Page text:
Tunable rainbow light trapping in ultrathin resonator arrays
Credit: by Nazir Kherani
Through the manipulation of quasiparticles known as surface plasmon polaritons (SPPs) metallic nanostructures can control light at the nanoscale, confining it to ultrathin gaps and magnifying the light intensity up to 1000 times. This light localization amplifies light-matter interactions and has wide ranging applications in nanoscale optics including low concentration molecular sensing, enhanced photocatalysis and super-resolution optics. However, current systems for designing and fabricating these nanostructures lack control over the device’s optical response and often suffer from poor light confinement, limiting the applications which can benefit from this light trapping effect.
A new paper published in Light Science & Applications from a team of scientists led by Professor Nazir Kherani at the University of Toronto outlines novel design and fabrication techniques optimized for light localization across the visible spectrum, also known as rainbow light trapping. The nanostructures consist of a series of grooves grouped into arrays with gradients in the groove geometry in various configurations providing broadband electromagnetic field enhancement. Using an analytical model combinations of these grooves are designed to produce devices which can control both the spectral and spatial distribution of localized light. The team demonstrated the capabilities of their device design by creating various arrays of ultrathin metallic grooves with groove-widths down to 5 nm, allowing for extreme light confinement. The combination of precise analytical design along with versatile device fabrication and extreme field localization will allow for the ubiquitous application of these structures for the enhancement of many phenomena.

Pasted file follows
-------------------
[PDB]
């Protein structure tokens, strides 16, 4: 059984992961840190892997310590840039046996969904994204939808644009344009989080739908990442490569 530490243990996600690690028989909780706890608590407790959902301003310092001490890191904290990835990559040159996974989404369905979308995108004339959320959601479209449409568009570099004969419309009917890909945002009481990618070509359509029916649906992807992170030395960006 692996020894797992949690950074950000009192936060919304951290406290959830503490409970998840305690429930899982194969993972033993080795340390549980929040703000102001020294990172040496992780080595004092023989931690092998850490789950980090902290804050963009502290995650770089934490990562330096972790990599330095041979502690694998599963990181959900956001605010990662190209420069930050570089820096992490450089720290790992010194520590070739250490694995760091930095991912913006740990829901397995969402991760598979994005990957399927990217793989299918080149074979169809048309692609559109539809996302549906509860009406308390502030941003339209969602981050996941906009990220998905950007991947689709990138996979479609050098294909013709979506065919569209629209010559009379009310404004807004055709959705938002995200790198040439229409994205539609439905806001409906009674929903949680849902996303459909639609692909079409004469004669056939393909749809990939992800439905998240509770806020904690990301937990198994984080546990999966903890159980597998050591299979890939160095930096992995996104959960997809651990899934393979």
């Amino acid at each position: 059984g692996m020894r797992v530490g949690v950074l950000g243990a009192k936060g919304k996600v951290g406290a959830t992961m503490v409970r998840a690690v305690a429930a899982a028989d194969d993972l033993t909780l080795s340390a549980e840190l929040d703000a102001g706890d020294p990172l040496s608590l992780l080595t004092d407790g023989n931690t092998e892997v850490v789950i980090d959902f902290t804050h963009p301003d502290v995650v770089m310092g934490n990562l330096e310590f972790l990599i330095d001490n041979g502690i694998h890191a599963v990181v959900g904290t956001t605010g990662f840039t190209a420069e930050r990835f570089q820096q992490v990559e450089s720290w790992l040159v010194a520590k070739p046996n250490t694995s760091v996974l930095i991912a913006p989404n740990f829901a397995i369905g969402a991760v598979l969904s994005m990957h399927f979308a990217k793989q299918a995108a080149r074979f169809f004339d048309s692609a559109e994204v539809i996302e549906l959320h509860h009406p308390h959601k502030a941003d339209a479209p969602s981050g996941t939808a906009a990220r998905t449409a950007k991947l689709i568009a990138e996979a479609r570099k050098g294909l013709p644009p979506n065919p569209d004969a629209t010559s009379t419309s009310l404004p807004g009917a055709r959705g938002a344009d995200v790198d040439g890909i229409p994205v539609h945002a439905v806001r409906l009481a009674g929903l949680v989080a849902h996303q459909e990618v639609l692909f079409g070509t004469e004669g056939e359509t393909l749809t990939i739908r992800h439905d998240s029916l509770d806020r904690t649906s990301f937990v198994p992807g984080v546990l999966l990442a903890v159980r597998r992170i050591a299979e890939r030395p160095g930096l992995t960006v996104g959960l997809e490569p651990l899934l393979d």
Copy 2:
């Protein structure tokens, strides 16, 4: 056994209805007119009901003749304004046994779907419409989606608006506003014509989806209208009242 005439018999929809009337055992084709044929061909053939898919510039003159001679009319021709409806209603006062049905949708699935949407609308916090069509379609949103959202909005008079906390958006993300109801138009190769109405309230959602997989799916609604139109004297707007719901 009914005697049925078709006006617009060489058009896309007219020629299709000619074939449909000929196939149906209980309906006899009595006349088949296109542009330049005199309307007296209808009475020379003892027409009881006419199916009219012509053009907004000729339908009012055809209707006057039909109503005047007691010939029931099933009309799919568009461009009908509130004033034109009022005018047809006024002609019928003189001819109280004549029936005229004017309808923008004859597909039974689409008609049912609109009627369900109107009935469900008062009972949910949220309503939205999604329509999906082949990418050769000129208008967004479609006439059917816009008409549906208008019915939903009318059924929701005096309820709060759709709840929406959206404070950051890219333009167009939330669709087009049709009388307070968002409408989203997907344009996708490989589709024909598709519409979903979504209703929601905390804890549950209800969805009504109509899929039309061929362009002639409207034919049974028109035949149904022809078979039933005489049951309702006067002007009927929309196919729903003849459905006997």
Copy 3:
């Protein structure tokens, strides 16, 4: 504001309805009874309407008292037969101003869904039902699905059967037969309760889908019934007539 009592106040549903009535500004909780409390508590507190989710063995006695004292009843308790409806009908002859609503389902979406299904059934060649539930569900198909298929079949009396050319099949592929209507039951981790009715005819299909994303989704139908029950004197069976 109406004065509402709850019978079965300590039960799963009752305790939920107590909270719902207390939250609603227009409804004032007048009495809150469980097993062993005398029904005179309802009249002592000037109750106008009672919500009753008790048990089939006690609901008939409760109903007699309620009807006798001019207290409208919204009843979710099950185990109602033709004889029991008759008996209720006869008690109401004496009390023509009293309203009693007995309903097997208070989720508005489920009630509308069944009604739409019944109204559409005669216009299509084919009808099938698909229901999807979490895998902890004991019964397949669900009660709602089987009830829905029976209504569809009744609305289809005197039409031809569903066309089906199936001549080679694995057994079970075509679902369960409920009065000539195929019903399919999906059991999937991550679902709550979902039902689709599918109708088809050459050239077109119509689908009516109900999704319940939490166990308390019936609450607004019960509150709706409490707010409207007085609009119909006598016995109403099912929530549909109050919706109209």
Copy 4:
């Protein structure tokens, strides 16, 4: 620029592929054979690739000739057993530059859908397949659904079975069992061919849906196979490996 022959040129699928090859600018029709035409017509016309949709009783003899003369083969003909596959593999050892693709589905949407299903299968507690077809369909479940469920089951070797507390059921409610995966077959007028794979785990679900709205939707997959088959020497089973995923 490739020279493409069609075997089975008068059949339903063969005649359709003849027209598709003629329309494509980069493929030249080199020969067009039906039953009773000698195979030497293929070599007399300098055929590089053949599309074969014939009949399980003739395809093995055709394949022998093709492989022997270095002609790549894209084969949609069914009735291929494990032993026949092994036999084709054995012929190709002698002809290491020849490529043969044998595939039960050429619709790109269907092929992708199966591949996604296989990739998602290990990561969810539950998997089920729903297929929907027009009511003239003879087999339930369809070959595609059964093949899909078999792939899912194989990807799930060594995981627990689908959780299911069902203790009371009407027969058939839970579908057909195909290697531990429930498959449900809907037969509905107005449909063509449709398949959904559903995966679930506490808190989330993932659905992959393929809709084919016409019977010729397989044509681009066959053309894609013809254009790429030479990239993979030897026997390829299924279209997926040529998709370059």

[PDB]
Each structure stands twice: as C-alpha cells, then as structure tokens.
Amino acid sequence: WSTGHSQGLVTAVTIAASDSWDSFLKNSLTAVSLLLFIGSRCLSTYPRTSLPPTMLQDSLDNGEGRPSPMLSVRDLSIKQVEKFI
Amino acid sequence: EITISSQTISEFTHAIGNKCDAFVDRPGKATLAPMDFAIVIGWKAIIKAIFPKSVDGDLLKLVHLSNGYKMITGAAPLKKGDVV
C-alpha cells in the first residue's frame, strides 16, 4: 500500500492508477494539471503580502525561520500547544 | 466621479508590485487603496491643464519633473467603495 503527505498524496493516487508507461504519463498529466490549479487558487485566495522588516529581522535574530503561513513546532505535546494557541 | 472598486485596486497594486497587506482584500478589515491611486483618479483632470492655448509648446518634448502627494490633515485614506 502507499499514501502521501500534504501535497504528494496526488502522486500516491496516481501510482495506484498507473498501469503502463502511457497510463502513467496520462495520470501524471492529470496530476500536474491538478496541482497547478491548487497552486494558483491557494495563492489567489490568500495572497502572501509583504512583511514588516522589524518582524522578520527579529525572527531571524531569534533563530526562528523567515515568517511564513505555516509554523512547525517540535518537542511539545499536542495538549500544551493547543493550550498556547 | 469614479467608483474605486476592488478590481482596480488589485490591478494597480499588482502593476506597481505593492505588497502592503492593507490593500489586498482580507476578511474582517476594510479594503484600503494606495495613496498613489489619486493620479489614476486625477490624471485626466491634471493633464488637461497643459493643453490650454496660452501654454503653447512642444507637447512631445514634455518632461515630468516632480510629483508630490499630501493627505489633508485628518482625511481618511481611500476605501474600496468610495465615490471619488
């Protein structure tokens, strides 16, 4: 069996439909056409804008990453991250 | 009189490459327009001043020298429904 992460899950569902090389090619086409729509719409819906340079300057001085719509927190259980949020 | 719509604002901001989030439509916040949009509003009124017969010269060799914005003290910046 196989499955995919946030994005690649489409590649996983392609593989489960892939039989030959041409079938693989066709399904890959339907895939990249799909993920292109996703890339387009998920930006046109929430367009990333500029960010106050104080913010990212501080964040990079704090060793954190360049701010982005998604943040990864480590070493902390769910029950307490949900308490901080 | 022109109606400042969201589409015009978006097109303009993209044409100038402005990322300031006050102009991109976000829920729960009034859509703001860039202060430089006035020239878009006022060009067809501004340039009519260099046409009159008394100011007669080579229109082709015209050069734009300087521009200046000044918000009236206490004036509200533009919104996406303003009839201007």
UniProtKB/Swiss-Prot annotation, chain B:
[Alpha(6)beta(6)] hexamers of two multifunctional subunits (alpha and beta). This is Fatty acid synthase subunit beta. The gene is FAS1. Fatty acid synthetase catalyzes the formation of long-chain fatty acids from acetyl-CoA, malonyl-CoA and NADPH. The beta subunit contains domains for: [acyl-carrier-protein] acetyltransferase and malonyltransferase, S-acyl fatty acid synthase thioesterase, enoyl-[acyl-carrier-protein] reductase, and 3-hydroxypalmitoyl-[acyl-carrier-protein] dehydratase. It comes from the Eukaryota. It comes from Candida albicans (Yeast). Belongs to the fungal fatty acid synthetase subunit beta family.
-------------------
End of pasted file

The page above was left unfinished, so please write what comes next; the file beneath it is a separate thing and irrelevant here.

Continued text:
The researchers highlight the versatility of their techniques as key to the significance of their work. “The analytical design approach significantly reduces the time required to develop new devices as compared to the numerous iterative simulations which are currently used. Additionally, the bottom up fabrication technique can be easily modified to create nanostructures for any application while producing very strong electric fields” the scientists state. The researchers hope that this versatility will allow their work to have a wide-ranging impact in the field of nanoscale optics.
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